Also, these systems can have side effects. Just look at guild achievements in WoW that made many smaller guilds dissolve, because players joined bigger, more anonymous guilds.
All these tools and ideas aren't wrong, but the best way to get players into communities is this:
You offer content that can be enjoyed alone. But you also make sure that it is slightly more efficient to group up. Make your players meet each other while doing the same thing. And make sure that they meet each other repeatedly. This way they will start to empathize with each other. They start thinking: “Hey, this guy has been here yesterday, and the day before. He is similar to me.” Yeah, you manipulate people. It's not always bad. In this case it is for their own good.
After being engaged in the same activity for some days / weeks, the players will eventually start to talk. It will probably require some kind of event for this to happen. For example, one player notices how the other one is in trouble after an unlucky pull and helps him out. The other one says “thanks” and so a conversation is started. A few moments later they group up to farm the mobs together, because it is slightly more efficient.
But even annoying things can help. Just yesterday I was on a LFD run with my rogue. I selected “need” for a locked box, like I always do. In my experience, non-rogues sell them unopened anyway, and nobody ever said anything. But this time the healer with a female avatar (that always plays a role, yeah, silly) complained. I explained myself and apologized (I am a nice guy as soon as you start to know me. It's just before we talked that I don't care). We ended up doing three more instances together whispering about the ridiculous tanks we got. Then we broke up, because, well, it's not like I will ever see you again, anyway. bb.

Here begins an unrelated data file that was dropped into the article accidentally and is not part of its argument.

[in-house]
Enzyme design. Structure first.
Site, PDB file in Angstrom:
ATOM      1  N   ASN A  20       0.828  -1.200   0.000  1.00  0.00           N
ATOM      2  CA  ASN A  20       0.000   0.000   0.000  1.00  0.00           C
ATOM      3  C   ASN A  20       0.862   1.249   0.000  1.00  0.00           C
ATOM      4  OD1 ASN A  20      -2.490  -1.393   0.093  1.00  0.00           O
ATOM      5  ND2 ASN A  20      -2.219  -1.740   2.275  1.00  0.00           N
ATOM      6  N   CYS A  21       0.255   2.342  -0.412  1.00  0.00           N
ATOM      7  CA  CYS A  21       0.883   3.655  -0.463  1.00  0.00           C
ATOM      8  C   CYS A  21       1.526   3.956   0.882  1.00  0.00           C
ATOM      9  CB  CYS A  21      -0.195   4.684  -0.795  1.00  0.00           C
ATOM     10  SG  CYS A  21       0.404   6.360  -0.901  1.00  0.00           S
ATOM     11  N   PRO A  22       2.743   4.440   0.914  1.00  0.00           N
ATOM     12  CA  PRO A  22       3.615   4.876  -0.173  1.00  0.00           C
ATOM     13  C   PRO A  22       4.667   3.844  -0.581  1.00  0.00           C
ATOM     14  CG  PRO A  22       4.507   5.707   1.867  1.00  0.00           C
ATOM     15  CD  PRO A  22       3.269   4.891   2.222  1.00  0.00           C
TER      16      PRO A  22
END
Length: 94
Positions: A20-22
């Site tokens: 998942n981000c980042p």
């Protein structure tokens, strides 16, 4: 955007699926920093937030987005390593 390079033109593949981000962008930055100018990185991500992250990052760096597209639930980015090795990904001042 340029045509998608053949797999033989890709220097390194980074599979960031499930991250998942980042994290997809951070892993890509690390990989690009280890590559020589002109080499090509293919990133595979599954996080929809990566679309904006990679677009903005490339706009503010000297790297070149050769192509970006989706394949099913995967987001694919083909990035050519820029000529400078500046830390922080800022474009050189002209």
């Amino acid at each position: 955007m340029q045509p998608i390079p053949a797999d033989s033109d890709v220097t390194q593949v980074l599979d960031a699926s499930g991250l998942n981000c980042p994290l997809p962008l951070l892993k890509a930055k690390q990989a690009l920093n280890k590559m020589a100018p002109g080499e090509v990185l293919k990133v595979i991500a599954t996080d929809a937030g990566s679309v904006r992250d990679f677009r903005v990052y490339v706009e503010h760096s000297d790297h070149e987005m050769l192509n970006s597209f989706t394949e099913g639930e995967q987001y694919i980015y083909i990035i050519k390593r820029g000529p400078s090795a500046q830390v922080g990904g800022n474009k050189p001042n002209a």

So, even if one char 'steals' some resource node from the other or even causes the other one's death, this isn't necessarily bad for the game.
I got to know the first guild I ever joined in WoW, and that I ended up main-tanking for two years later in TBC, by repeatedly meeting the same hunter and his shaman friend in instances while leveling. Eventually he challenged me for a duel. As an inexperienced mage vs. a hunter, I lost many times. I tried to keep distance, stupid me. Yeah, I even remember! I also remember about a year later me challenging him and beating him repeatedly with my new rang 12 armor set and by starting the duel inside his safe zone. haha! ;)
Anyway, this got us talking and ultimately me joining his new guild. God knows how long I had played WoW had I not joined his guild back then!
If you remember my first example about how I ended up not logging into Eve any more, you see why it is superiour game design if players talk to each other about something else than joining the guild, before they start to talk about joining the guild.
Summarizing, you want people to meet each other repeatedly while doing content on their own. You want there to be occasions that make it socially awkward to not start talking. You want there to be a slight incentive to team up now - and in the future.
And that's really all the magic behind it.